The COVID-19 pandemic. Elections around the world. Fact-checkers worldwide have had a busy year. More than 50,000 new fact checks surfaced on Google Search over the past year, with all fact checks receiving more than 2.4 billion impressions in Search in that timeframe.
A growing body of external research suggests that fact checks can help counter falsehoods. In a new report supported by the Google News Initiative published today, researchers Ethan Porter, Thomas Wood and Yamil Velez found that corrections in the form of fact checks reduce the effects of misinformation on beliefs about the COVID-19 vaccine.
Fact-checking isn’t just for the professionals, however. Every day, people seek evidence to confirm or refute a piece of information they’re uncertain about. Over the past 12 months, Google searches for “is it true that…” were higher than “how to make bread,” and that’s saying something given last year’s sourdough craze.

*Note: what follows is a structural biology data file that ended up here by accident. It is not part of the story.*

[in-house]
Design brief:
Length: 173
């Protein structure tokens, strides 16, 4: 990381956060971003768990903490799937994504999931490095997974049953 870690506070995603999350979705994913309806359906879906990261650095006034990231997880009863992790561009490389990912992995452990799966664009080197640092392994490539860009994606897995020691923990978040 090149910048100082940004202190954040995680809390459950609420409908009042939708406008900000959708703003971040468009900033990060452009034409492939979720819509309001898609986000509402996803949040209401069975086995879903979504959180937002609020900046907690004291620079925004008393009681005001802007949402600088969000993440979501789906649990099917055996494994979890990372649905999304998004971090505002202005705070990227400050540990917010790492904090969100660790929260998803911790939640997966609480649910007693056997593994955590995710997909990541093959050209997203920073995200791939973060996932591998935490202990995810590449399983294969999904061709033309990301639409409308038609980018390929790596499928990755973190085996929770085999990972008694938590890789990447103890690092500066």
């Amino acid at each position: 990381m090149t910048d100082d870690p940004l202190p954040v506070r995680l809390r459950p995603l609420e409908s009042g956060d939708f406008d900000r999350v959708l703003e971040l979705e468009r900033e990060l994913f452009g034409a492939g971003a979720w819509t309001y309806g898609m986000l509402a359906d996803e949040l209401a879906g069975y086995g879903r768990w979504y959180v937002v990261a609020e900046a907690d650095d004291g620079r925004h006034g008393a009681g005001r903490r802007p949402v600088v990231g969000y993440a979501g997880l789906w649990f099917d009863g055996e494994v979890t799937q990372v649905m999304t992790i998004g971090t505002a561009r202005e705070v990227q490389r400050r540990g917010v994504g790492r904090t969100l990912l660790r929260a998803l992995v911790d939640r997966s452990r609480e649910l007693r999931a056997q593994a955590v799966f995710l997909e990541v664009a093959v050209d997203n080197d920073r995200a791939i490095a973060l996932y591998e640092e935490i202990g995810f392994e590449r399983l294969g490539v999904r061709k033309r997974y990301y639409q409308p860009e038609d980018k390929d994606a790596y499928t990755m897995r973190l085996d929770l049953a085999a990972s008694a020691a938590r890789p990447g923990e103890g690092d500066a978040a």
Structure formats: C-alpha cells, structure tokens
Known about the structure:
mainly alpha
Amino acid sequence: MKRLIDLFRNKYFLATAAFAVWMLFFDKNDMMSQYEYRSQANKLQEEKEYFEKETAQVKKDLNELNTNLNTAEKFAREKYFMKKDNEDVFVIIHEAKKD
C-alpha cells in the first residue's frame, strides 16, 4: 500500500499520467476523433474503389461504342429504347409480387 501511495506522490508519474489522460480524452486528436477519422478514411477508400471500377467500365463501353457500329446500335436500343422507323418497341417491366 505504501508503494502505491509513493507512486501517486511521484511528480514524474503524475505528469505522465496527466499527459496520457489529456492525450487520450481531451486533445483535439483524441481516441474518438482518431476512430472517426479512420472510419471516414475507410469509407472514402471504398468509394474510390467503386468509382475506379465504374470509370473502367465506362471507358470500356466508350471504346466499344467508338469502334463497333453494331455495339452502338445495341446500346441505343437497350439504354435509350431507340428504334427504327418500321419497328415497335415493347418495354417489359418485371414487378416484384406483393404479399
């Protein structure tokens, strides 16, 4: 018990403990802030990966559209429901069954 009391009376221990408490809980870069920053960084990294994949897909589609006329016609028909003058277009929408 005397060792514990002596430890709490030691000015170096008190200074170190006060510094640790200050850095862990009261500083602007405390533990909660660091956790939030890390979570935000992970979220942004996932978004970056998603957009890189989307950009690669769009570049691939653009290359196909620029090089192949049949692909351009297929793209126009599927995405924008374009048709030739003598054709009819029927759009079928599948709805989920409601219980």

We’re committed to supporting all users as they look for reliable information online, and sharing our insights with other organizations to strengthen fact checking.
With that in mind, and ahead of International Fact Checking Day on April 2, here are five simple tips to help you ask the right questions so you can better spot misinformation online.
The deliberate spread of misinformation online has generated extraordinary concern for its potential effects on political polarization and democratic decision making.